November 28, 2011 § Leave a comment

The Bradford Peace and Craft Fair and the Shipley Alternative were both well organised events and a lot of fun to take part in. There is a really vibrant arts scene, especially craft, in this part of West Yorkshire, which is a supportive environment in which to be making work. Several of those craftspeople, making beautiful work, have the ideas of Slow craft as central to their practice. The Slow movement is a natural place for the crafts to reside but it has been totally at odds with mainstream culture over the last few decades. The idea of Slow has re-emerged into popular consciousness since the Slow food movement was founded in the 1980s and subsequently spread across the world.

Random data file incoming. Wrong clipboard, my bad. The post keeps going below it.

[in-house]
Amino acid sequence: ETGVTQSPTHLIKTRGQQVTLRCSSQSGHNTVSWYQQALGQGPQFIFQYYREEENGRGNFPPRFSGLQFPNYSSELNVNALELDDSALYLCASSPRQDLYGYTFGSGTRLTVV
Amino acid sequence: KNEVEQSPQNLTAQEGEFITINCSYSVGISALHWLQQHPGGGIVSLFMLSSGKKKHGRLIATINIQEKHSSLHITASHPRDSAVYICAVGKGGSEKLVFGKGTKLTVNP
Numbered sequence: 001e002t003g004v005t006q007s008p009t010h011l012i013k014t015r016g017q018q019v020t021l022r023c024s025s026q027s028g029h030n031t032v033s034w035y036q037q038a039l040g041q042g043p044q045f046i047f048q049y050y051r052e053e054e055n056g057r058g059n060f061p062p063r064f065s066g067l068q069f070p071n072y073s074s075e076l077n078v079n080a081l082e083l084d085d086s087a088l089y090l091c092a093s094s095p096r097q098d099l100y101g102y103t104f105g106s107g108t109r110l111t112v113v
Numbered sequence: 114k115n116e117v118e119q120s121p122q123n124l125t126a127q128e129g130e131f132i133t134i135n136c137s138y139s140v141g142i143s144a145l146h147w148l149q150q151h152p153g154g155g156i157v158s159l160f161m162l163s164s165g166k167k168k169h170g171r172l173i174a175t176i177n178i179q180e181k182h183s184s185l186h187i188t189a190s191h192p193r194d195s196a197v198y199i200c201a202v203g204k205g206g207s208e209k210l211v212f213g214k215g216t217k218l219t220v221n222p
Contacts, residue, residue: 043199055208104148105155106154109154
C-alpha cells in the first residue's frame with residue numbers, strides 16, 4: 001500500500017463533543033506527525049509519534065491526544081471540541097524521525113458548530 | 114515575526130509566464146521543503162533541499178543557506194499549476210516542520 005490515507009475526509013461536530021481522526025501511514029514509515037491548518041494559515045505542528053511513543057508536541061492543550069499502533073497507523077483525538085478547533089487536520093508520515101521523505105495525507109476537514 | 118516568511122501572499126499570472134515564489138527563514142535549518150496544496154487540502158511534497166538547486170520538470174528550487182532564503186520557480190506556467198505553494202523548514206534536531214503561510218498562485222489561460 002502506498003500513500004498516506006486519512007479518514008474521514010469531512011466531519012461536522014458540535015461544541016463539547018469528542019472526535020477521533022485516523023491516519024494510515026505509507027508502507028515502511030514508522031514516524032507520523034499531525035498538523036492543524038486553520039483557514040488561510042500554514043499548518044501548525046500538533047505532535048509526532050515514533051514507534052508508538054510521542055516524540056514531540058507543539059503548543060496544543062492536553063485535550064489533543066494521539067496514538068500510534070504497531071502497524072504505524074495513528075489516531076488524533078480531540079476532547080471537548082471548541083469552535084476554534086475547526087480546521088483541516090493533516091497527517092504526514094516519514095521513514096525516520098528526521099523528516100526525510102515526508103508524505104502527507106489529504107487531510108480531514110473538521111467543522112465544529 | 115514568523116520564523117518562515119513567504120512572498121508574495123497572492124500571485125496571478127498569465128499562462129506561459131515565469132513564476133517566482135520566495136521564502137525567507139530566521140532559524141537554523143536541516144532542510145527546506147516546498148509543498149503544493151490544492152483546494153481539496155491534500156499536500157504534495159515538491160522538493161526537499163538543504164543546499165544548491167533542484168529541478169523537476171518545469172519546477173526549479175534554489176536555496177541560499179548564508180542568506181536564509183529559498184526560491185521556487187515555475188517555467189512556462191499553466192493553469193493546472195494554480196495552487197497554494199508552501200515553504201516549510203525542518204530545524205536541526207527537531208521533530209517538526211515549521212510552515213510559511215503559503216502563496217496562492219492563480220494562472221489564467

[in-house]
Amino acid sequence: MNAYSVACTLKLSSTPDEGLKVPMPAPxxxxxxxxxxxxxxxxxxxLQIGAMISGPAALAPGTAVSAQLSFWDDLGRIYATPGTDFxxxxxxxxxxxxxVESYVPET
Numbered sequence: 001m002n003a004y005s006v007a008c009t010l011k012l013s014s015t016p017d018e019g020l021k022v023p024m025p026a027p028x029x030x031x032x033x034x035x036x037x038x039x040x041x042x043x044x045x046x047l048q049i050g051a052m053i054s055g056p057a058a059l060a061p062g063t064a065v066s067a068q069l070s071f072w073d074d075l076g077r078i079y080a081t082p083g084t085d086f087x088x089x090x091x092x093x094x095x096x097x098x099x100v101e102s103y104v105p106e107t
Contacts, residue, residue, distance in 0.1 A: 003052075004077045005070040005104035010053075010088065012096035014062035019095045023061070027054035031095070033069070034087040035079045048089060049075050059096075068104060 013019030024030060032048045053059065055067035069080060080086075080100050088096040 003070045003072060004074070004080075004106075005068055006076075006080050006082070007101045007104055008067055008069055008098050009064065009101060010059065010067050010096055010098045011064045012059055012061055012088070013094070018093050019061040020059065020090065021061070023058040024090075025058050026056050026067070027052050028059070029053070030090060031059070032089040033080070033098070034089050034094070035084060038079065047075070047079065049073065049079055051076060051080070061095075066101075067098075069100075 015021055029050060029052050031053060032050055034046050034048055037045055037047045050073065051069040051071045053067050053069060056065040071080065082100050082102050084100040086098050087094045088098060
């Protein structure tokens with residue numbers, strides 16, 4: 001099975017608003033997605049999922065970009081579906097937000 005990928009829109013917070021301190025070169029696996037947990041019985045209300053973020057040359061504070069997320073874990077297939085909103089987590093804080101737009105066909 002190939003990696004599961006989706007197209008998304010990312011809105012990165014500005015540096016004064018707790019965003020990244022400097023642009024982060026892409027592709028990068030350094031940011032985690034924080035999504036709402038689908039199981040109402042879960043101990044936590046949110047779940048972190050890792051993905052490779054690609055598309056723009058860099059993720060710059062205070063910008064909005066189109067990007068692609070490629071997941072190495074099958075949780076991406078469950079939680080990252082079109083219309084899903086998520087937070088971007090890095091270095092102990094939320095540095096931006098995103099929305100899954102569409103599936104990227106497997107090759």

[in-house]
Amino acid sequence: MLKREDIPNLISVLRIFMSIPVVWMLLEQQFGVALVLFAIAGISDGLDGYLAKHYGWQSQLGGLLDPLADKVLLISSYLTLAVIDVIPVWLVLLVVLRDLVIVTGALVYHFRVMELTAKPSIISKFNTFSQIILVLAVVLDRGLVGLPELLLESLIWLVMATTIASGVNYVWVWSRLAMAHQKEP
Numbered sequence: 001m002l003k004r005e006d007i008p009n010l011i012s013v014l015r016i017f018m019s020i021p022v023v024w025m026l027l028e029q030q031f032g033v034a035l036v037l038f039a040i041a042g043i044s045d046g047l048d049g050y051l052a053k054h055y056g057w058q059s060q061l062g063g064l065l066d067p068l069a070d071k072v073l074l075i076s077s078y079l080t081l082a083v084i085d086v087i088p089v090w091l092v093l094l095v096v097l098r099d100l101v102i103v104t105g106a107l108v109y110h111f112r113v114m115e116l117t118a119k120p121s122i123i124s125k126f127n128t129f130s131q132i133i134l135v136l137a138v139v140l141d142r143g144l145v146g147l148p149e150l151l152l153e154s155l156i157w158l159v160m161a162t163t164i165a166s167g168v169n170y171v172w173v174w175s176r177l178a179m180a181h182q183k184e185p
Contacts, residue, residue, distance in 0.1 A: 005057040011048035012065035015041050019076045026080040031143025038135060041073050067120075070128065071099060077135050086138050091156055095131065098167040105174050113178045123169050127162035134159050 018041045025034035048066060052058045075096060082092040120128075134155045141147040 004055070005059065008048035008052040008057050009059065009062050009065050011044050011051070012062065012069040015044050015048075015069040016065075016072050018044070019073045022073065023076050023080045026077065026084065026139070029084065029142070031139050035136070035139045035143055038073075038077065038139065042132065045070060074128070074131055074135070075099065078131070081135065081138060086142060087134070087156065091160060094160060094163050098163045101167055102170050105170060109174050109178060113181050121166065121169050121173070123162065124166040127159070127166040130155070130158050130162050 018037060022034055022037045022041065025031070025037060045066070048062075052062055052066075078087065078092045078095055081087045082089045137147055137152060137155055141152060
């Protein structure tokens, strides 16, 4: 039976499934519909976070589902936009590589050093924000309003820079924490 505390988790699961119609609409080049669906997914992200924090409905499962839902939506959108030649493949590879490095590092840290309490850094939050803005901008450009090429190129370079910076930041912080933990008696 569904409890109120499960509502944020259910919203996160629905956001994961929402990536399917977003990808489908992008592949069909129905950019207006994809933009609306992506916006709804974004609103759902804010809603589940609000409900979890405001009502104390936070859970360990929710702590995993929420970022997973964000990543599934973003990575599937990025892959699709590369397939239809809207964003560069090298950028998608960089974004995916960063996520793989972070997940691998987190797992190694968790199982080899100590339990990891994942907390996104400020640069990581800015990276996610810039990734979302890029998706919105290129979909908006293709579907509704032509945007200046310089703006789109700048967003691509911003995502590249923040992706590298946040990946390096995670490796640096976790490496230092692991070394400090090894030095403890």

Localism, sustainability, community, small-scale, reflection, responsibility, time: these are the pillars of the Slow movement and they are socio-politically potent. As the tenets of globalism and capitalism are increasingly being questioned, Slow becomes all the more pertinent.

In today’s culture, we tend to be overawed with choice, which is promoted as the ideal. More choice, more competition, more satisfied consumers. In time, I want to develop my pottery so that the clay I use is dug as locally as I can find it and I would like the glaze materials that I use to be sourced from this country. I would then be a local potter using local materials selling to a local market.

From clarabella: these naturally dyed colours have taken a season to develop.

Relevant blogs:


Hugh Leishman

Making a Slow Revolution

Bridget Harvey

I have just started to read ‘In praise of Slow‘ by Carl Honoré.

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